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    One of my favourite psychological terms is cognitive dissonance. It is the internal discomfort created by trying to hold two opposing ideas in your head at the same time. Like 1. I am a really good permie who has a small carbon foot print and 2. I'm going to get on a plane and go and visit my friend Grahame this weekend. Something has to shift or you do your head in. (Sorry Grahame - I can't do it!)

    Interesting however that most of us seem to be able to hold 1. I don't belief in woo woo and 2. I sometimes see water nymphs in my pond - without it making us feel weird. Well not VERY weird anyway!
     
  13. permasculptor

    permasculptor Junior Member

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    I do believe in woo woo I do I do.
     
  14. purplepear

    purplepear Junior Member

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    sounds like the start of a song
     
  15. permasculptor

    permasculptor Junior Member

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    I modified I do believe in faeries from peter pan.
    The scene unfolds with tinkerbell succumbing to disbelief then everyone starts to repeatedly chant I do believe in faeries I do I do and she come back to life.
    In reality I find it necessary to not disbelieve in woo woo.I consider it is what I disbelieve that forms my reality as much as that which I do believe.
     
  16. bluesapphire

    bluesapphire Junior Member

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    Fairies, Devas and other spirits

    You can believe or not or keep an open mind. either way the faires, devas and other spirits will continue to exist. I live in hope of a really solid meeting...not just a feeling or fleeting glance out the corner of my eye when I spend quiet time outdoors :hi:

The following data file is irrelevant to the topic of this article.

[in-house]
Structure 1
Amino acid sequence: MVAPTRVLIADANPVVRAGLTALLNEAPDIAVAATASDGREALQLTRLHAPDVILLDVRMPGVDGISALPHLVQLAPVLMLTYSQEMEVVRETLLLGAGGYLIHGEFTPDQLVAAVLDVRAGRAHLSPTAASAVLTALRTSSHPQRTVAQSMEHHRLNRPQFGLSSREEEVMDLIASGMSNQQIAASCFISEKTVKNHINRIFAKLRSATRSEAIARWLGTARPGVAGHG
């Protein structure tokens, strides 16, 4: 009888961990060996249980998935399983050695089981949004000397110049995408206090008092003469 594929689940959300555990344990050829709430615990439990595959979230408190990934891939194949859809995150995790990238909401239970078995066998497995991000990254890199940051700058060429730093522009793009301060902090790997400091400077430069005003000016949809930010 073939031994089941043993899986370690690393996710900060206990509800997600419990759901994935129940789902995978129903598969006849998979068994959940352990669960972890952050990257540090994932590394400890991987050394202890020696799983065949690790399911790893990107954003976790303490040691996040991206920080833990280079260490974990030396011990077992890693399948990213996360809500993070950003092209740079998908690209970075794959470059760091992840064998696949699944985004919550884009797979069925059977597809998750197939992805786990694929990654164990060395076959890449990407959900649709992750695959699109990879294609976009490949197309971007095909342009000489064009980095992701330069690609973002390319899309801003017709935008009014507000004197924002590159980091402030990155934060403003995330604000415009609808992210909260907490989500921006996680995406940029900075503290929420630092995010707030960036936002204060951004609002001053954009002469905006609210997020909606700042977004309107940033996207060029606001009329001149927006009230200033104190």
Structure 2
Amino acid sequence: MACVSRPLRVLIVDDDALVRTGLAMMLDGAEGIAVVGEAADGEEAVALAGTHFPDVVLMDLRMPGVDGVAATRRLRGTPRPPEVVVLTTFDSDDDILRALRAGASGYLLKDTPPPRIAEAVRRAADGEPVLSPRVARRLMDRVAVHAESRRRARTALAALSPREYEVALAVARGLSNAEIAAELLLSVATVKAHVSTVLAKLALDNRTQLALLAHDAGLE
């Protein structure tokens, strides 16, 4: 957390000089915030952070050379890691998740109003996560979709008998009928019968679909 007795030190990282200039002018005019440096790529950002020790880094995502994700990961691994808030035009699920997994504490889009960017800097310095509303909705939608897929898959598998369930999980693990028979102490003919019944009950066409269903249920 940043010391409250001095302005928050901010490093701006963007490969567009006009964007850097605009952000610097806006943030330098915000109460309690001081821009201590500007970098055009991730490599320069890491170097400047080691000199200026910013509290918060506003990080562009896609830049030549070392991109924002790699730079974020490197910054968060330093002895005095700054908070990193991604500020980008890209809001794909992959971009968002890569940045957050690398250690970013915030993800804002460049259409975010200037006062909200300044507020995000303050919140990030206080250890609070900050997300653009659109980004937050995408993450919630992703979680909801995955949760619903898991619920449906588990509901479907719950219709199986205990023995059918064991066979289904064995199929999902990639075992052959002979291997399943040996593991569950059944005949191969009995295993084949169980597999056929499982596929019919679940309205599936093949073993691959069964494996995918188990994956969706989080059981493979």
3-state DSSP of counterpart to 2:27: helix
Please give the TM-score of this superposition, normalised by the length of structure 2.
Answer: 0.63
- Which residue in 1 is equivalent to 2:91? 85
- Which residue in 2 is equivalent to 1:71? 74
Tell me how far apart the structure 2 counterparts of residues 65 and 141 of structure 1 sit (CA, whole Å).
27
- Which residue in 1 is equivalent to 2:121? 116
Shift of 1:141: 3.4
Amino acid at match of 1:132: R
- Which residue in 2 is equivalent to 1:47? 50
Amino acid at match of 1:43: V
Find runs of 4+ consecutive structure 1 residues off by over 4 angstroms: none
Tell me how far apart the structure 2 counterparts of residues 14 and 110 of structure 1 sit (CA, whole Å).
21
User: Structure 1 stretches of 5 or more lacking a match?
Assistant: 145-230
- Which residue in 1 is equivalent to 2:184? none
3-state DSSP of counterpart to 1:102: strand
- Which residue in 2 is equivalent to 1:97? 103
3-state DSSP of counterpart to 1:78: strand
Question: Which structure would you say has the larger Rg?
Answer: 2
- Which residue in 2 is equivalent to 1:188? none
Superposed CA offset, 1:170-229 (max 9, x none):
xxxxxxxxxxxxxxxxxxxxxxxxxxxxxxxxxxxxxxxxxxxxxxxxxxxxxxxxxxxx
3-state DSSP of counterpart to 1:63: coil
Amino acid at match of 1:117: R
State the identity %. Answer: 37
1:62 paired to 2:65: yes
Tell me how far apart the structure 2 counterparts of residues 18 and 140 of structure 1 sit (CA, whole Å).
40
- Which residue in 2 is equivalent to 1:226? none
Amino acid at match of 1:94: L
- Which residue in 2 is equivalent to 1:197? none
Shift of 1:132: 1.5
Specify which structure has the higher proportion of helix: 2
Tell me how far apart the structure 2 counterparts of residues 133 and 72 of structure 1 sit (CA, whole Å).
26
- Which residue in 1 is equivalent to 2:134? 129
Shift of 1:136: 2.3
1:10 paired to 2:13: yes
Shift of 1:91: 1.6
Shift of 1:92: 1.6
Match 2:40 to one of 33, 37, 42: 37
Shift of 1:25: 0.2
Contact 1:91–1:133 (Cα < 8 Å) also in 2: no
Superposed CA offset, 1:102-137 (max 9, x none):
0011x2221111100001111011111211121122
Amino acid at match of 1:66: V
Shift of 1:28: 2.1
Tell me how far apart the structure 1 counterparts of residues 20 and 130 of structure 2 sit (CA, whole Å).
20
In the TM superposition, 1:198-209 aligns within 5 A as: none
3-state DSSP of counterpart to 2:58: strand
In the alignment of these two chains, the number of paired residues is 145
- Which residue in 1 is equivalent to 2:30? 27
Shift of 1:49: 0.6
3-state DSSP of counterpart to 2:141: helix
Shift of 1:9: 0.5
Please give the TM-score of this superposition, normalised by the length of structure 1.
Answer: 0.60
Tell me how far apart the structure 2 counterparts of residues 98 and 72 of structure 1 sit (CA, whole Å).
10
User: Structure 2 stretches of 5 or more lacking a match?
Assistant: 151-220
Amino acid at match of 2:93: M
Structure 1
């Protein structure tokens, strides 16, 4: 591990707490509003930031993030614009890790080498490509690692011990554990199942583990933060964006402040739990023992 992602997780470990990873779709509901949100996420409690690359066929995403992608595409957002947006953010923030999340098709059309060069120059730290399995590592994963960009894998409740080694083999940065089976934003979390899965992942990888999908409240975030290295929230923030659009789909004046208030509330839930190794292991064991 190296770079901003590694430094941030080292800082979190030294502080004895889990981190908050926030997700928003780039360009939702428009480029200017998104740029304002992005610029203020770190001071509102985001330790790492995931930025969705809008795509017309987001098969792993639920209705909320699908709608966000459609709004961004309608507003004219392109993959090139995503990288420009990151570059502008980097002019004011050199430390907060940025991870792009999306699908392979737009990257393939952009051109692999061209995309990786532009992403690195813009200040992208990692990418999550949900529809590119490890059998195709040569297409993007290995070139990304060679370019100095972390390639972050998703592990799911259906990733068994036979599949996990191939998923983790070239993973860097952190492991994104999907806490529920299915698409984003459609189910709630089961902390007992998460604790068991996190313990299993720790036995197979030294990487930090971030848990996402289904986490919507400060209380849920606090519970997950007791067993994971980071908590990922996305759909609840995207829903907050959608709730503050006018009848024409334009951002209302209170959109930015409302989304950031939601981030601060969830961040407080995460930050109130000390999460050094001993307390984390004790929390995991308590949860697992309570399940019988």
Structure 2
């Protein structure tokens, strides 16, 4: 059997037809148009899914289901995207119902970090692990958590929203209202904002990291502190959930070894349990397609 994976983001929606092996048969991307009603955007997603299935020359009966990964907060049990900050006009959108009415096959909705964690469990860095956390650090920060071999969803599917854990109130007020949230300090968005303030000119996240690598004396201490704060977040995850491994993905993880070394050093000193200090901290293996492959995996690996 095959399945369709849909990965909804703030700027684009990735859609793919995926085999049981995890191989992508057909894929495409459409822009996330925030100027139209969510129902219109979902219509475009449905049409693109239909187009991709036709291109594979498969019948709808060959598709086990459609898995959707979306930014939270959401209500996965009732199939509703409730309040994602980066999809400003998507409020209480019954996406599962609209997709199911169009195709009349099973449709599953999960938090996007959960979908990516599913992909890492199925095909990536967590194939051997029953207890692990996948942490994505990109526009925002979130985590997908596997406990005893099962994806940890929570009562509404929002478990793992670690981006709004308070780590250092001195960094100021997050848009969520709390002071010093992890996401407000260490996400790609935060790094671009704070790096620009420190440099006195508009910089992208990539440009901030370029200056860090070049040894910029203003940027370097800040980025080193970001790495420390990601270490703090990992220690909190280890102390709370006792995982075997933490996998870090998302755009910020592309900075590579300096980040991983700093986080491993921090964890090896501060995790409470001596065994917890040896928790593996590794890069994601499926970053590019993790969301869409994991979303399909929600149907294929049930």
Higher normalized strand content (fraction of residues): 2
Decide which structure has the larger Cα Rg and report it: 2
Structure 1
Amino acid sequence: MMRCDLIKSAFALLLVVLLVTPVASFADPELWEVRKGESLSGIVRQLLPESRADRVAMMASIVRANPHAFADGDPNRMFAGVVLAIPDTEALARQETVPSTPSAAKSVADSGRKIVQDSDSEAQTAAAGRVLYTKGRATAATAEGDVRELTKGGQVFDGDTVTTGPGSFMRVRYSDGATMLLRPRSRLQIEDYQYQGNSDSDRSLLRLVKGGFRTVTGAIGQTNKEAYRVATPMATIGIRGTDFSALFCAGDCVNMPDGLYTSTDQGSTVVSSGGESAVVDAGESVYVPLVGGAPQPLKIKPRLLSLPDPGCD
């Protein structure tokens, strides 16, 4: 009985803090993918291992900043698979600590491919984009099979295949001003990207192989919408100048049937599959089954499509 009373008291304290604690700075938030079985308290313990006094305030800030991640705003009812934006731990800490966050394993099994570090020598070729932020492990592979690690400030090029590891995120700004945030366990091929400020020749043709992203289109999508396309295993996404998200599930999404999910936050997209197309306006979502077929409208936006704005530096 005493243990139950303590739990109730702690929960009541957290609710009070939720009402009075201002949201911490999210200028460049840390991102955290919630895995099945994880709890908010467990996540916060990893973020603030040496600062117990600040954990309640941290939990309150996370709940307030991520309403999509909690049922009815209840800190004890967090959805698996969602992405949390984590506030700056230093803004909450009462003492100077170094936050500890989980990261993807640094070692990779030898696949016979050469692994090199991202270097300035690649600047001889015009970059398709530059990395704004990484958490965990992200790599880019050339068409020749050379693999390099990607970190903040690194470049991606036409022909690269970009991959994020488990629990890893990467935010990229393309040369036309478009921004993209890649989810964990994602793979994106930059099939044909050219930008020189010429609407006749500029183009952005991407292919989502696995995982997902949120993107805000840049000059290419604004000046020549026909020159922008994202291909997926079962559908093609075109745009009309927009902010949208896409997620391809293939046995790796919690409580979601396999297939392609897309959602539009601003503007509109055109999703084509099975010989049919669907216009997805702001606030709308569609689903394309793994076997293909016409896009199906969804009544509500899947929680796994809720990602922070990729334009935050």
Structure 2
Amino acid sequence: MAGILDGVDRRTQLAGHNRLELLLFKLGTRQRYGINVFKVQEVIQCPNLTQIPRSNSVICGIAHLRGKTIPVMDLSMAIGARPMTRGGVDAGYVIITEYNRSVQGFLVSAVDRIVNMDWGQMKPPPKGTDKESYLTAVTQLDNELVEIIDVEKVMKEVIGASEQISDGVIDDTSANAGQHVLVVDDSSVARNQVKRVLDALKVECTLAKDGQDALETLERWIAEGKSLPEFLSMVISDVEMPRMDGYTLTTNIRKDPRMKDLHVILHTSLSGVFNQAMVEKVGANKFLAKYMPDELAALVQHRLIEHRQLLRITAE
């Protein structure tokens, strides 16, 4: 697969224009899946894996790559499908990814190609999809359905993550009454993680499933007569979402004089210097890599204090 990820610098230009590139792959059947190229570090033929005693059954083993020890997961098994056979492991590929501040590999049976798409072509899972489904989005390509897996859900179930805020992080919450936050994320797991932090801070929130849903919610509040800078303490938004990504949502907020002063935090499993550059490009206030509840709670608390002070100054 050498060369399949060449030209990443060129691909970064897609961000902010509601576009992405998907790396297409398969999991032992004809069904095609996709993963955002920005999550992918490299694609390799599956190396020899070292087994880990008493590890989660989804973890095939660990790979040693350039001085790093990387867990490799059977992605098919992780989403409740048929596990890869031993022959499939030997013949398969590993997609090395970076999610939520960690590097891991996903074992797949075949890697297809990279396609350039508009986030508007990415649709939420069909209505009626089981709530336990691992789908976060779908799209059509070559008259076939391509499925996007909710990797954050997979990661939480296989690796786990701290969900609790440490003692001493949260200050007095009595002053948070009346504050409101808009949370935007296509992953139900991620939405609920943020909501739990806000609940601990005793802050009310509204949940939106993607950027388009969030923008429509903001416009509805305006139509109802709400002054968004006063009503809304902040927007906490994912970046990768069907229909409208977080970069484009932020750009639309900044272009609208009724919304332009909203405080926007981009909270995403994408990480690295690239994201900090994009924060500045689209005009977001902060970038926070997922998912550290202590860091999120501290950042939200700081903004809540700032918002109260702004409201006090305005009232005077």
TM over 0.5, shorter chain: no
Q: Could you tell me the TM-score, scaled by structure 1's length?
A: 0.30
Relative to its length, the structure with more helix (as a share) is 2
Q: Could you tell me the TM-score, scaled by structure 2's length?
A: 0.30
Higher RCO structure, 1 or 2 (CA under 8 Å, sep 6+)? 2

17. Finchj

    Finchj Junior Member

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    I second what most people are saying here- depends on the day. Sometimes I'm more open that others, but I'm never disbelieving. I'm starting to feel a new connection to the earth now that I garden regularly. A different respect for time if you will.

    On natural spirits, I feel that if they exist or don't is of no consequence. I feel a connection to my garden, the plants, and the ecosystem. I talk to the plants, not every day, but when a new stage of growth happens I tend to congratulate the work we've accomplished together. Yeah, I hug trees. But I won't allow it to become a "problem" (that is, interfering with my life in a negative way) because the spirits (if you will) are a tool.

    I don't see the spirit, I see the reason that spirit is there. I've done some thinking about how I would define spirit in the last year or so. I now believe that a spirit can be many things, but particularly it is the word (if you will) manifesting itself in thought. Spirits, therefore, are immortal until those who believe in them either convert cold turkey or are killed. The first rarely happens, see the incorporation of pagan elements into the Catholic tradition through sainthood and even Christmas.

    Once the thought dies, it can be resurrected again because free beings are being born that have language (the developed use of the word) capacity.

    So in the case of spirits- a particular earth spirit in your garden (according to my view, as it stands today) can simply be your subconscious bubbling through with a thought on the subject. If other mammals can identify hundreds of plant species and know what to use them for, why should we not also, as if from instinct, identify a plant and assess its needs? Or, even better given our intellectual capability, be able to observe our environment and assess its health (as it relates to our needs)?

    I for one believe that we humans are much more capable beings than our modern Western culture allows us to let on. A spirit may exist out there and our bodies may have ways to observing and connecting to the brain that we are only beginning to understand: